Most footcandle ratings you hear for plants are mostly directed at greenhouse growers where that is the peak lighting for a short period. When using artificial lighting, you get constant lighting and don't necessarily need that intense of lighting. WATCH YOUR PLANTS!!! They will tell you if they are getting too much or too little light. Always better to be cautious when adapting plants to new lighting(and corals too). For plants under HPS or fluorescents, I go 14-16 hours on just to make up for the lower intensity of the lighting. This whould be fine for you, just as long as they are sufficiently far away from the bulbs. I can't stress acclimation enough!

Jon
________
Ford F-650 History
 
Last edited:
P

PHRAG

Guest
Jon in SW Ohio said:
T5 lights are commonly used in the reef aquarium hobby as an alternative to metal halides. Most tests put them on par with MH with the added bonus of running much cooler, and they come in MANY wavelengths. Congrats on them, they are one of the best lights you can get IMHO.
That's good to hear. I have been putting off buying lights for too long. I finally found some new, two foot fixtures with four bulbs for a decent price so I jumped on it. I love eBay. They work well on my 32 inch shelves.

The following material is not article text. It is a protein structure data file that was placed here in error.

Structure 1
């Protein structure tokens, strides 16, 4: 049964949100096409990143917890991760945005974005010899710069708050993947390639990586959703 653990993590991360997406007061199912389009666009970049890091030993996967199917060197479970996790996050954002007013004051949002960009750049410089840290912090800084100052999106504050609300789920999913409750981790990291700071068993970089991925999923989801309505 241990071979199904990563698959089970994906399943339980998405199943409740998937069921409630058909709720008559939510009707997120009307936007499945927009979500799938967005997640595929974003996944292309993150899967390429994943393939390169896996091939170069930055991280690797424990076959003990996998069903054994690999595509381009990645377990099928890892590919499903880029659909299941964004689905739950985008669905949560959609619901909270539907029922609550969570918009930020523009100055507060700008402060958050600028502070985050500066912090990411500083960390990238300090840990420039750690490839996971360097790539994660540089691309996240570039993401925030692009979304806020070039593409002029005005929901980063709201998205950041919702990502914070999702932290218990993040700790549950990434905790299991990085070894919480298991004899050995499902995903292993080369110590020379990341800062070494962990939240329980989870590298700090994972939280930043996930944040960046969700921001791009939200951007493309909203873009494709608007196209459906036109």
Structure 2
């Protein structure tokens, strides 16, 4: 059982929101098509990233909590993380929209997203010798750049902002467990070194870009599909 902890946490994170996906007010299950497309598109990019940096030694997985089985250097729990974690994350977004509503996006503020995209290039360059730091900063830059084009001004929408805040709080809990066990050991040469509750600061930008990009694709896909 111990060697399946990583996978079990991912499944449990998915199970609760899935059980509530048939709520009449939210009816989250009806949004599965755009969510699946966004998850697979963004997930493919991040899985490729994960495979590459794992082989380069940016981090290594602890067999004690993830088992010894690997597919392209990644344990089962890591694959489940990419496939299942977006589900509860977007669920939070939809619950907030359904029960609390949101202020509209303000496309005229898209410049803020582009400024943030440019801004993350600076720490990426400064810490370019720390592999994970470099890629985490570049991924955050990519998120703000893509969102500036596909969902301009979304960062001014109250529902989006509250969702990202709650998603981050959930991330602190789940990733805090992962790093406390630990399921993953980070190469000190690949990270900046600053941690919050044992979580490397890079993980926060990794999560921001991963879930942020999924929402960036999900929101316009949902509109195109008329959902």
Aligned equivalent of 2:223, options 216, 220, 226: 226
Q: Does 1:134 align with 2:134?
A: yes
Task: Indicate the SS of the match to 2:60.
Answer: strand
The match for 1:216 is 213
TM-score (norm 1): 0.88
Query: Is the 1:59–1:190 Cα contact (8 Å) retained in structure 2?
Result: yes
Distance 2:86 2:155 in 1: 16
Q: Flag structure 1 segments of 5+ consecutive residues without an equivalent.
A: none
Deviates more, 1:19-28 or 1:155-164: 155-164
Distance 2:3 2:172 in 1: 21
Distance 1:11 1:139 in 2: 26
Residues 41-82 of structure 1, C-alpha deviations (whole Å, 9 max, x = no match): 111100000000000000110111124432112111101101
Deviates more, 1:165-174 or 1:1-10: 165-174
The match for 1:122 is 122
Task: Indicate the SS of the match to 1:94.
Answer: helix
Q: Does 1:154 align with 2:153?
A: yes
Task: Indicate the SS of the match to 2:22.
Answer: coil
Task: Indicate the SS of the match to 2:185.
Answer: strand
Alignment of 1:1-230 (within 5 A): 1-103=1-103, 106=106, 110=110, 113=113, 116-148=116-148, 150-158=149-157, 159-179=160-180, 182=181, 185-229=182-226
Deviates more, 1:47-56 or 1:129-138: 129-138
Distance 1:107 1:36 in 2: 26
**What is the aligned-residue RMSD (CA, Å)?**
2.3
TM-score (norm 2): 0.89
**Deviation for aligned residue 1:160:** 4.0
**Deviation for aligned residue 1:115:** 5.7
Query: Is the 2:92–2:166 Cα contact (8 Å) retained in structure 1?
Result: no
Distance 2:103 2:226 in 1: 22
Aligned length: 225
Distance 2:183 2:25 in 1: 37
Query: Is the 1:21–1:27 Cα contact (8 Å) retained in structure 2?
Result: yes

Jon in SW Ohio said:
As for bulbguards, again mostly used for applications above a tank without a lid. Basically, they prevent buildup of saltcreep on the bulbs and drastic temperature swings. If the lights get hot enough, splashing them with cool water will make them explode(ever take a squit gun to an incandescent lamp that's been on a while? POP!!) and those plastic covers prevent that as well.
Well, I don't water in the greenhouse, so I don't think I have to worry about that. I think I will pass on them.

Jon in SW Ohio said:
Watch for burning!! I know people using them over their reeftanks and bleaching their sunloving corals (equilivalent of full sun plants getting burnt). Start the bulbs farther away and slowly acclimate the plants to be closer to the bulbs.
They are on adjustable chains. Should I set them at the highest level and lower them a little more each week until the plants get acclimated? That makes sense.

Jon in SW Ohio said:
Most footcandle ratings you hear for plants are mostly directed at greenhouse growers where that is the peak lighting for a short period. When using artificial lighting, you get constant lighting and don't necessarily need that intense of lighting. WATCH YOUR PLANTS!!! They will tell you if they are getting too much or too little light. Always better to be cautious when adapting plants to new lighting(and corals too). For plants under HPS or fluorescents, I go 14-16 hours on just to make up for the lower intensity of the lighting. This whould be fine for you, just as long as they are sufficiently far away from the bulbs. I can't stress acclimation enough!